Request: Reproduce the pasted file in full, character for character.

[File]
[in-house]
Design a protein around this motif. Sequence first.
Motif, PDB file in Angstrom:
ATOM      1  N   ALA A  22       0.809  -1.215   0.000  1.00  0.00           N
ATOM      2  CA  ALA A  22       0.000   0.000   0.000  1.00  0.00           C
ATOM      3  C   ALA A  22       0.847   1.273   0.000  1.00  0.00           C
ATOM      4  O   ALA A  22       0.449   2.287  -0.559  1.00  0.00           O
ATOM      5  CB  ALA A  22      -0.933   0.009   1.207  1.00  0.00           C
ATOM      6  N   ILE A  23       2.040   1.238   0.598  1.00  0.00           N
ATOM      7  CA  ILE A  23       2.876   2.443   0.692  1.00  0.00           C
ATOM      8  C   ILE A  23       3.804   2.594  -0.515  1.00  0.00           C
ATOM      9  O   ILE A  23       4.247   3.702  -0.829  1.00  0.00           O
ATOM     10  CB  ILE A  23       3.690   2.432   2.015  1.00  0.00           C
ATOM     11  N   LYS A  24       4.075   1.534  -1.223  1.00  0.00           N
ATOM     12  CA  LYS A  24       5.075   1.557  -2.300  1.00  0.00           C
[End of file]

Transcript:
[in-house]
Design a protein around this motif. Sequence first.
Motif, PDB file in Angstrom:
ATOM      1  N   ALA A  22       0.809  -1.215   0.000  1.00  0.00           N
ATOM      2  CA  ALA A  22       0.000   0.000   0.000  1.00  0.00           C
ATOM      3  C   ALA A  22       0.847   1.273   0.000  1.00  0.00           C
ATOM      4  O   ALA A  22       0.449   2.287  -0.559  1.00  0.00           O
ATOM      5  CB  ALA A  22      -0.933   0.009   1.207  1.00  0.00           C
ATOM      6  N   ILE A  23       2.040   1.238   0.598  1.00  0.00           N
ATOM      7  CA  ILE A  23       2.876   2.443   0.692  1.00  0.00           C
ATOM      8  C   ILE A  23       3.804   2.594  -0.515  1.00  0.00           C
ATOM      9  O   ILE A  23       4.247   3.702  -0.829  1.00  0.00           O
ATOM     10  CB  ILE A  23       3.690   2.432   2.015  1.00  0.00           C
ATOM     11  N   LYS A  24       4.075   1.534  -1.223  1.00  0.00           N
ATOM     12  CA  LYS A  24       5.075   1.557  -2.300  1.00  0.00           C